We’ve seen many reasons already why SIEMs should be focused on Security. In the last blog, we discussed data considerations. Here, we’ll address the simple question “Can’t we just use other correlation rules and also serve ITOM and APM use cases with our SIEM?” Finally, we will wrap up this series which I hope you found valuable.
8. Differing analytics methods and rules — deterministic vs. heuristic
The analytics engines and rules vary drastically across different use cases, and are based on the insights that the tools are expected to provide. ITOM and APM/observability mainly concentrate on machine behaviors, such as connectivity, loads, and machine-to-machine communication within IT networks, or the performance of application code within a container. These behaviors can usually be modeled using finite state machines, and deterministic approaches provide solutions for most issues. They are often addressed through conditional “if -then-else” rules, or simple mathematical formulas to compute variables like the average round-trip delay between two systems or the mean response time for a specific application.
In contrast, security — especially when dealing with active attackers — is anything but deterministic. The unpredictable nature of human behavior leads to an endless array of attack vectors and creative misuse of an organization’s resources. To efficiently address security issues, heuristic approaches are essential, heavily relying on advanced analytics and machine learning models. For example, UEBA is designed to establish norms for behavior, and can flag anomalies typically indicative of an active attack.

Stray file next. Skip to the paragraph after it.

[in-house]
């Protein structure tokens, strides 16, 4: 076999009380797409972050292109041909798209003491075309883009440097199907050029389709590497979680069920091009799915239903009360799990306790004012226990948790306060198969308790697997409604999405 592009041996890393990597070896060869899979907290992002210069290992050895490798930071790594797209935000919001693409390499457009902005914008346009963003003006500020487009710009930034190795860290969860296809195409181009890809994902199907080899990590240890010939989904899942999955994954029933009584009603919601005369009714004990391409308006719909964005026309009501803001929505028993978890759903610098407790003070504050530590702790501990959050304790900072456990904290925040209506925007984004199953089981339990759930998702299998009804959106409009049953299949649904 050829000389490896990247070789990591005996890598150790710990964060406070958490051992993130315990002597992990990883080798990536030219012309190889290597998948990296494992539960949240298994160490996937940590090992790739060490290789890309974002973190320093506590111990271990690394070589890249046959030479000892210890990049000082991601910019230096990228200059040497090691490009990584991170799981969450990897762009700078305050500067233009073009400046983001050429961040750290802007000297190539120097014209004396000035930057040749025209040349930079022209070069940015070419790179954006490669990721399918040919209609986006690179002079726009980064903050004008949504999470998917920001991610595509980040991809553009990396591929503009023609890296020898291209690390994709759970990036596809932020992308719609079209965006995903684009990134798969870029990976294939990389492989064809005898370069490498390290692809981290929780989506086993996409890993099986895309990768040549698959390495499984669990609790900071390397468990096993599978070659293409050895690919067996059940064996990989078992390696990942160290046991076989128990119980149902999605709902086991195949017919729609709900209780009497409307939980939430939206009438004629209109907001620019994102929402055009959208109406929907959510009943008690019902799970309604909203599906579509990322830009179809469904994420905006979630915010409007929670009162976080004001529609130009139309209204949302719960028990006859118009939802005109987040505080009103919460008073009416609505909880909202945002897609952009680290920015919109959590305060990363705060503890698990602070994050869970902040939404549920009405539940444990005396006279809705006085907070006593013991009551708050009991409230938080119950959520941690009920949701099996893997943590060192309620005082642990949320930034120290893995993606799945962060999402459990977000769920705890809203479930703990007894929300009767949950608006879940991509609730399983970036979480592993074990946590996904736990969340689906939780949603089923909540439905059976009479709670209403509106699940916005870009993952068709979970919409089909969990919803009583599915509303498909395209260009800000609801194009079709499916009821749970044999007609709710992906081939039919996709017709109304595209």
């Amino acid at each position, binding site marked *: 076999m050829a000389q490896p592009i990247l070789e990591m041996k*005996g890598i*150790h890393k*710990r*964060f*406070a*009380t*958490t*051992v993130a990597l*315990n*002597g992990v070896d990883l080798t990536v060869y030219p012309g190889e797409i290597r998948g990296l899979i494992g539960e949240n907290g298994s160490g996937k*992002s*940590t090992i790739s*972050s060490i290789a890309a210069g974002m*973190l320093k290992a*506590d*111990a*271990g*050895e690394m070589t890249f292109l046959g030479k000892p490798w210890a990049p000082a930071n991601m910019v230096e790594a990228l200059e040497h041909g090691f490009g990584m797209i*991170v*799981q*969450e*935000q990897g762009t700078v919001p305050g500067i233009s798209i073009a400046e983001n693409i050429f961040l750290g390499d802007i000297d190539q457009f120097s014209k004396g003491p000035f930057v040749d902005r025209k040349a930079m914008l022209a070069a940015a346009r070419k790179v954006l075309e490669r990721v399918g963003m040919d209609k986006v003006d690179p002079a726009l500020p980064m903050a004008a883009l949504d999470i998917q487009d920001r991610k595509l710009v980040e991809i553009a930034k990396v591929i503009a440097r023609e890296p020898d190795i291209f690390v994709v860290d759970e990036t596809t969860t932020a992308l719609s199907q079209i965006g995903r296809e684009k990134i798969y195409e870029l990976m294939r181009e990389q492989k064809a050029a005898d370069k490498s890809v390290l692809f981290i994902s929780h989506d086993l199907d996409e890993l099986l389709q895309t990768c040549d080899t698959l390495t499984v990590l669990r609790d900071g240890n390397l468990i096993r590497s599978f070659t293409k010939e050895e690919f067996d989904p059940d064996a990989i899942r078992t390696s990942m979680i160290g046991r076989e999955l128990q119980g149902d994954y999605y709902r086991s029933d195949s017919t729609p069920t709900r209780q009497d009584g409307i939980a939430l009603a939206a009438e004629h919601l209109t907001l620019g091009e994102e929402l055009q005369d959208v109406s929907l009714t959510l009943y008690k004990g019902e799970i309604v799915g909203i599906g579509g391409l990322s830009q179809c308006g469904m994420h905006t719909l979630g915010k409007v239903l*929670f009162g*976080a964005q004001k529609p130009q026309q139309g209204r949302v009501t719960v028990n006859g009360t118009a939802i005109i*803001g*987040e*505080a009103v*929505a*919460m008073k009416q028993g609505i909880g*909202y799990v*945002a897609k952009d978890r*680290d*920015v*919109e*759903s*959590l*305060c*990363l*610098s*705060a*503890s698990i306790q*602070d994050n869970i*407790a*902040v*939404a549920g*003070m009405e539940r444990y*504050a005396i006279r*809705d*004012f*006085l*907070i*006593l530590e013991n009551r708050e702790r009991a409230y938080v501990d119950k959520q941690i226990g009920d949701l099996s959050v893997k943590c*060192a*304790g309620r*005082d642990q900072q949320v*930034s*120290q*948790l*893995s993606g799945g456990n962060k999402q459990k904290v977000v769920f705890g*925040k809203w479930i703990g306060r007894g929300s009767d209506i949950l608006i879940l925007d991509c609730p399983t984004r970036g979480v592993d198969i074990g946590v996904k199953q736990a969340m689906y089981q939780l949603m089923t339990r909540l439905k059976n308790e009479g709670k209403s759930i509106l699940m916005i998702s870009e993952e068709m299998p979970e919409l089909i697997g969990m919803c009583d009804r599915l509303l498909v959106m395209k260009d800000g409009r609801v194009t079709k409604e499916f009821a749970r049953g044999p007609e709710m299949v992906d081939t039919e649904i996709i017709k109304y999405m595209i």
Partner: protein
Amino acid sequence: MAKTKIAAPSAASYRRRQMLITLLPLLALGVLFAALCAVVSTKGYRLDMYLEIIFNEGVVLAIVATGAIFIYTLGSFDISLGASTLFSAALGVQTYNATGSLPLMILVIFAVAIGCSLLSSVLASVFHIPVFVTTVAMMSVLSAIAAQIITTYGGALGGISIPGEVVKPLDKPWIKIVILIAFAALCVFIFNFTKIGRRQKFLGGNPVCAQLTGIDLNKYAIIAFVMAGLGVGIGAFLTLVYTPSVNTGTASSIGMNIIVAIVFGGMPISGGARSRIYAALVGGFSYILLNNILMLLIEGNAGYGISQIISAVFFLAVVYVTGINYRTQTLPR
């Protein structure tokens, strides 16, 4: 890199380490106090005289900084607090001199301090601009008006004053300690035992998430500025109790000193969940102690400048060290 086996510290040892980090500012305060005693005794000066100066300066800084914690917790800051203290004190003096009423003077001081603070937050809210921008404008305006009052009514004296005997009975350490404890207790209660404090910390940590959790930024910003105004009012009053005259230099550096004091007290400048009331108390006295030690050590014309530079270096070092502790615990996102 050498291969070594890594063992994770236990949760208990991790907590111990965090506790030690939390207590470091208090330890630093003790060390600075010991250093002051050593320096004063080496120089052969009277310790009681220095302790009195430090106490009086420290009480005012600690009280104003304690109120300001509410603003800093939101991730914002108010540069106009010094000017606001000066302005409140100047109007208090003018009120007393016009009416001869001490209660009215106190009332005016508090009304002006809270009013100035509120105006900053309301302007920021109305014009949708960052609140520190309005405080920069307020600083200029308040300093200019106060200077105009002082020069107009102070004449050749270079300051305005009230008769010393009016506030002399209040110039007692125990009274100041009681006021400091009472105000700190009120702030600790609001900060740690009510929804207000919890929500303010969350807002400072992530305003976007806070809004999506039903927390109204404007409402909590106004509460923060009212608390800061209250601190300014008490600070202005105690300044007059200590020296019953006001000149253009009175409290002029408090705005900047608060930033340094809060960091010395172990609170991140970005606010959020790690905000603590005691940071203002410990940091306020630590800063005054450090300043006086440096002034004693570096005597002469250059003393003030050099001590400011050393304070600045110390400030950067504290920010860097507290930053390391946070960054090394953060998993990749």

These deterministic and heuristic analytics have fundamental differences and require different engines and content (for example, different input data, rules, etc.) to operate effectively. The best SIEMs often include several analytics methods running in parallel, what can be called “Analytics in depth”. For more details on this, please see my previous blog “A crash course on security analytics”.
A tool running several of these analytics engine, with rules and content focused on security, plus ITOM and APM would require massive computing resources to be effective and be very complex to manage. Some of our customers ask us to manage a few thousand correlation rules just for security. Adding the same amount for ITOM and for APM in a single tool would be hard to manage.
9. Complexity in parsing and modeling
With the varying fields required to handle ITOM, APM/observability, and security (even when working with the same data sources and logs), specific parsers are necessary for each log. This introduces two major challenges for a single tool trying to cover all three use cases:
1. There would be a significant computational load and temporary storage demand to parse all logs for all use cases.
2. A highly complex data model would be required to accommodate all use cases.
These demands could contribute to performance problems. Only a handful of SIEM solutions can scale beyond a million events per second (EPS), and yes this includes Exabeam. Adding the task of parsing for non-security use cases like ITOM and APM/observability would necessitate a prohibitively high investment to sustain an acceptable performance level. This investment covers not only the license costs (hot/cold storage) but the compute costs of querying across days, weeks, months, or years of data.